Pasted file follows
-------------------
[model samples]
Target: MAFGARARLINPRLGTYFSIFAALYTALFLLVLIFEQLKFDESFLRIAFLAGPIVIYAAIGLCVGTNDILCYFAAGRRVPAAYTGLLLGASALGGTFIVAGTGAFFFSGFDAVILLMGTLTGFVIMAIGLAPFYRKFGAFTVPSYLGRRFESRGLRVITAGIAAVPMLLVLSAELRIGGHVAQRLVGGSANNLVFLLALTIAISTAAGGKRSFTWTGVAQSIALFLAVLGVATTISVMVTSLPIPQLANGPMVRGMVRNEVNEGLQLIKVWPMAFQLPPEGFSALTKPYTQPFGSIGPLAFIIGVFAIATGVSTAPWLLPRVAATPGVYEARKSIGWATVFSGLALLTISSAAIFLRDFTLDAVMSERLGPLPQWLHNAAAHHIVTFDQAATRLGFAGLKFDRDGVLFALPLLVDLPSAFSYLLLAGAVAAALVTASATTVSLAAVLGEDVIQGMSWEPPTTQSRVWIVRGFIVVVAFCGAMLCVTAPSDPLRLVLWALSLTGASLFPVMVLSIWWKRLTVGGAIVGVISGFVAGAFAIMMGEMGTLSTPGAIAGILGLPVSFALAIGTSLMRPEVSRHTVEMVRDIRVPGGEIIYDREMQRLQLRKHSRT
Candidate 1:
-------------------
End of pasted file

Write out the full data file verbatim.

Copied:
[model samples]
Target: MAFGARARLINPRLGTYFSIFAALYTALFLLVLIFEQLKFDESFLRIAFLAGPIVIYAAIGLCVGTNDILCYFAAGRRVPAAYTGLLLGASALGGTFIVAGTGAFFFSGFDAVILLMGTLTGFVIMAIGLAPFYRKFGAFTVPSYLGRRFESRGLRVITAGIAAVPMLLVLSAELRIGGHVAQRLVGGSANNLVFLLALTIAISTAAGGKRSFTWTGVAQSIALFLAVLGVATTISVMVTSLPIPQLANGPMVRGMVRNEVNEGLQLIKVWPMAFQLPPEGFSALTKPYTQPFGSIGPLAFIIGVFAIATGVSTAPWLLPRVAATPGVYEARKSIGWATVFSGLALLTISSAAIFLRDFTLDAVMSERLGPLPQWLHNAAAHHIVTFDQAATRLGFAGLKFDRDGVLFALPLLVDLPSAFSYLLLAGAVAAALVTASATTVSLAAVLGEDVIQGMSWEPPTTQSRVWIVRGFIVVVAFCGAMLCVTAPSDPLRLVLWALSLTGASLFPVMVLSIWWKRLTVGGAIVGVISGFVAGAFAIMMGEMGTLSTPGAIAGILGLPVSFALAIGTSLMRPEVSRHTVEMVRDIRVPGGEIIYDREMQRLQLRKHSRT
Candidate 1: